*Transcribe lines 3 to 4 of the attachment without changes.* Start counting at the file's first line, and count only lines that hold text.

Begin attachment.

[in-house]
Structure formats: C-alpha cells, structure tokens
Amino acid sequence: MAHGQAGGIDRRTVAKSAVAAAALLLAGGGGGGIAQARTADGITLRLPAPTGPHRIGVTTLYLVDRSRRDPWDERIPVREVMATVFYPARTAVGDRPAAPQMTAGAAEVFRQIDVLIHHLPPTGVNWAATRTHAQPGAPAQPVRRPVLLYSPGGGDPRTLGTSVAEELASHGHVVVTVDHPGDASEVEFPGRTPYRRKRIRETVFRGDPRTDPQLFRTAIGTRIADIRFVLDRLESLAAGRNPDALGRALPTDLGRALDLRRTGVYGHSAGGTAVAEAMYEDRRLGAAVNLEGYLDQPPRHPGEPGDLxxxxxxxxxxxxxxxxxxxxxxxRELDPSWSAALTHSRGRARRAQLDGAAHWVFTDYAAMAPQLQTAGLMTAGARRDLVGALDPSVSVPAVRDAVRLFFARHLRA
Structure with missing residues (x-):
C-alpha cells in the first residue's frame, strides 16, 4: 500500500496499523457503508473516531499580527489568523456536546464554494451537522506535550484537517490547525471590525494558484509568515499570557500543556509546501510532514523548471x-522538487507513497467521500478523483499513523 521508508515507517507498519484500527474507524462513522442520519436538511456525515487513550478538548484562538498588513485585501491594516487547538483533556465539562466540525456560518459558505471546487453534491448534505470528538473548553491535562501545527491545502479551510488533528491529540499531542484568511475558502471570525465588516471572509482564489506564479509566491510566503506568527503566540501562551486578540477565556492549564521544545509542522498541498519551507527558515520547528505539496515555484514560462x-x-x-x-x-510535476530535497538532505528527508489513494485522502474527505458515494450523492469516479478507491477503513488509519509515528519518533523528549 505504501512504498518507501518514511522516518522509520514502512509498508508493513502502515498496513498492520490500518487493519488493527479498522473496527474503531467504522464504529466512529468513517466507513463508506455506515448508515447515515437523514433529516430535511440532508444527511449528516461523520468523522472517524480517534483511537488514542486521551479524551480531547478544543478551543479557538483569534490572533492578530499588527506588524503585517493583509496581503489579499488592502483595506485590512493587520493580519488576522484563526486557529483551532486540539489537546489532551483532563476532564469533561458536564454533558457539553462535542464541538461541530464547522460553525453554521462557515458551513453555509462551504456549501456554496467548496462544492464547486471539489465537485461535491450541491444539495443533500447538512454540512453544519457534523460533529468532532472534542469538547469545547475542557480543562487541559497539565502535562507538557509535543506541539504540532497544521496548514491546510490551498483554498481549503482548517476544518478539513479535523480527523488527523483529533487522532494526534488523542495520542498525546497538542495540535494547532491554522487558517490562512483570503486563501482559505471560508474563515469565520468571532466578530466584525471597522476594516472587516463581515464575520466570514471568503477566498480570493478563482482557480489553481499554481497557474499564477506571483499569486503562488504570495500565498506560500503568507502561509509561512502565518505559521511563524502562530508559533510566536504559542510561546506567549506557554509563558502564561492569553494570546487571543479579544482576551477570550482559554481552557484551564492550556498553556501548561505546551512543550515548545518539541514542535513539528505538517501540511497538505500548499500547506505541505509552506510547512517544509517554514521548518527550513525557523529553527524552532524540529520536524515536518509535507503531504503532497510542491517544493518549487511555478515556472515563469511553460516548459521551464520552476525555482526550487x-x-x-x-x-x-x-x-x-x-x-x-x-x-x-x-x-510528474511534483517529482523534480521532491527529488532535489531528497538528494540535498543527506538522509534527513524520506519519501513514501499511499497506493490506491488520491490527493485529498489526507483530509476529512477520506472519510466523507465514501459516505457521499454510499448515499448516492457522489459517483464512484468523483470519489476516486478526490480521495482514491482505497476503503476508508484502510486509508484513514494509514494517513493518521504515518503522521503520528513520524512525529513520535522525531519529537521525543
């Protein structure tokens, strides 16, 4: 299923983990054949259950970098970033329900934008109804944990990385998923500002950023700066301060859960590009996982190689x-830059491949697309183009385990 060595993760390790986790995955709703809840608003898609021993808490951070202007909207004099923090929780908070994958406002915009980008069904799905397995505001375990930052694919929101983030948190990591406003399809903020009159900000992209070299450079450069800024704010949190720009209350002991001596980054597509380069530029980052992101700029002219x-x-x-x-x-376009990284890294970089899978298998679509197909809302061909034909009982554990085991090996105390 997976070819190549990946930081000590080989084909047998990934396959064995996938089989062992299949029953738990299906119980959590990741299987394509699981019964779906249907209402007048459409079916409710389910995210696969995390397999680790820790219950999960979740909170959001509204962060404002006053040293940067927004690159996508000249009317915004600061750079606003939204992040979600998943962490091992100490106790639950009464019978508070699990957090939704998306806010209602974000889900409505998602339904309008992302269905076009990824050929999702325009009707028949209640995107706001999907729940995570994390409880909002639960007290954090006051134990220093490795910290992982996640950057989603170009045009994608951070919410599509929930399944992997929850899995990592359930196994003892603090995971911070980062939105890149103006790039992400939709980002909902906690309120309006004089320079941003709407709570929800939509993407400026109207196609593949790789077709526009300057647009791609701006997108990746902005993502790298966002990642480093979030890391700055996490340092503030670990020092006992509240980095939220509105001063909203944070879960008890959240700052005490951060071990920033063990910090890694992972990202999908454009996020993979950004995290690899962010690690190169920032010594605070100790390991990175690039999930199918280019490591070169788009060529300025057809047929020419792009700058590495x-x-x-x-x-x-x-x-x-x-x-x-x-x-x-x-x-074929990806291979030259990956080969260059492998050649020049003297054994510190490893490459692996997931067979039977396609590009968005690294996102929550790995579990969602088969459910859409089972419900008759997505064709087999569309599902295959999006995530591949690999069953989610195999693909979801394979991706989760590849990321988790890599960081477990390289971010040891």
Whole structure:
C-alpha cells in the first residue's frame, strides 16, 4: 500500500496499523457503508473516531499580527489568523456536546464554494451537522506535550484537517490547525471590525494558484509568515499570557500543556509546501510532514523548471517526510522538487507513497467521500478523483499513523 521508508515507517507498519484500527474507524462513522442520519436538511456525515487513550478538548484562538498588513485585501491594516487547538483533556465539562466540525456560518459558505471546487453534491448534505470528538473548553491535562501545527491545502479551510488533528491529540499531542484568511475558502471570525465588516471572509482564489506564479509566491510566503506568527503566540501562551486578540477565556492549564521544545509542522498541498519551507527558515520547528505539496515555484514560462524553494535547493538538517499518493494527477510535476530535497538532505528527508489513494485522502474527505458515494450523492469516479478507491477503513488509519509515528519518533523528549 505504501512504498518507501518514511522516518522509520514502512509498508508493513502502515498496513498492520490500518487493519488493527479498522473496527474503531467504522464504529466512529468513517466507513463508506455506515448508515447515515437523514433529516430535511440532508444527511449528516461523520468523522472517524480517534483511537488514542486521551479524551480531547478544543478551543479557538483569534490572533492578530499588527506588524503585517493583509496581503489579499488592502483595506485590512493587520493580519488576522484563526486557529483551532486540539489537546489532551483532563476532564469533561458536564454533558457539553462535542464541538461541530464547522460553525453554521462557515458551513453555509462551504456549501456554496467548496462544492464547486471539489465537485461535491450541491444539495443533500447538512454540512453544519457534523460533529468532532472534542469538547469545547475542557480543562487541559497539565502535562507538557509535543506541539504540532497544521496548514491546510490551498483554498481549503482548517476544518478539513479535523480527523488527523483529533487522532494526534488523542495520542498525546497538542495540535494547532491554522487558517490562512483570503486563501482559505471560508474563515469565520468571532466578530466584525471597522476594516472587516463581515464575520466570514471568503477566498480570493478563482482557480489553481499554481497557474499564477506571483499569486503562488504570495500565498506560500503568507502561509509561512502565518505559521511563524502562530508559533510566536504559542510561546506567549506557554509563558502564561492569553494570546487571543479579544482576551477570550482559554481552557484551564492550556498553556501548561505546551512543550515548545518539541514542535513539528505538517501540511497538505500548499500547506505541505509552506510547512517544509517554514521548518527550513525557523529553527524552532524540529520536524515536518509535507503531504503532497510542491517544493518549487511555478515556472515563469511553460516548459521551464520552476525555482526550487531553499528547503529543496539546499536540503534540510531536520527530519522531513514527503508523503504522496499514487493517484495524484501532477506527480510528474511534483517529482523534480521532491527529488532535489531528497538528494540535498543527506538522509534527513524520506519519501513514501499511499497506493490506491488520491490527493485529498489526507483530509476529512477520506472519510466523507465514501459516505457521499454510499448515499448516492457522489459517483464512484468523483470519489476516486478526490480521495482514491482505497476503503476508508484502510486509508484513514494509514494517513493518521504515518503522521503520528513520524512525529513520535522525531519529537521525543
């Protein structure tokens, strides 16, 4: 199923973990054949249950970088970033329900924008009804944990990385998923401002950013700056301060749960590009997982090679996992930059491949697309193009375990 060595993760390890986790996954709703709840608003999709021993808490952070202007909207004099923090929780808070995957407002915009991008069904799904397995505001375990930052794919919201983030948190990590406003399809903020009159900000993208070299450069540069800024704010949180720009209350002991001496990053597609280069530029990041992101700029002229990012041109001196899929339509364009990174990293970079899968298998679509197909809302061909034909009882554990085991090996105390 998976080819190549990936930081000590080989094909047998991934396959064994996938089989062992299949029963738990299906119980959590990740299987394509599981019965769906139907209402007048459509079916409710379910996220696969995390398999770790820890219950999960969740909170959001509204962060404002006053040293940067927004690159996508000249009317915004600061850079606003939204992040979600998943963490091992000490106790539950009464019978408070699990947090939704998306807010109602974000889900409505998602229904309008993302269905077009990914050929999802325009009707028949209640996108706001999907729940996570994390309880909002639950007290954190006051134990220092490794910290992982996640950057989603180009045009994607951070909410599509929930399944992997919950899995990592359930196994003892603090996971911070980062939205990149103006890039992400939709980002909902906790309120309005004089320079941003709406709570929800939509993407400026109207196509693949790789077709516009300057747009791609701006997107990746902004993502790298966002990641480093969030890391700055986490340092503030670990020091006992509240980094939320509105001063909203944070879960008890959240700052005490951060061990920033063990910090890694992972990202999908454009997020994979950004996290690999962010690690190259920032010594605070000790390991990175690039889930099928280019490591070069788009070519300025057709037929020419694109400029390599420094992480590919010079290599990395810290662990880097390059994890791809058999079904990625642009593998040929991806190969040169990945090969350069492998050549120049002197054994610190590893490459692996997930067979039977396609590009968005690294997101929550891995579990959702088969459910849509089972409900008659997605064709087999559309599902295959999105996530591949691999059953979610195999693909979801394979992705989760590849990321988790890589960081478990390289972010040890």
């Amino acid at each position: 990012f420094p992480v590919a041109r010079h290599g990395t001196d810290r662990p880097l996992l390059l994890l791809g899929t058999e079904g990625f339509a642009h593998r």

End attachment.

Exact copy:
Amino acid sequence: MAHGQAGGIDRRTVAKSAVAAAALLLAGGGGGGIAQARTADGITLRLPAPTGPHRIGVTTLYLVDRSRRDPWDERIPVREVMATVFYPARTAVGDRPAAPQMTAGAAEVFRQIDVLIHHLPPTGVNWAATRTHAQPGAPAQPVRRPVLLYSPGGGDPRTLGTSVAEELASHGHVVVTVDHPGDASEVEFPGRTPYRRKRIRETVFRGDPRTDPQLFRTAIGTRIADIRFVLDRLESLAAGRNPDALGRALPTDLGRALDLRRTGVYGHSAGGTAVAEAMYEDRRLGAAVNLEGYLDQPPRHPGEPGDLxxxxxxxxxxxxxxxxxxxxxxxRELDPSWSAALTHSRGRARRAQLDGAAHWVFTDYAAMAPQLQTAGLMTAGARRDLVGALDPSVSVPAVRDAVRLFFARHLRA
Structure with missing residues (x-):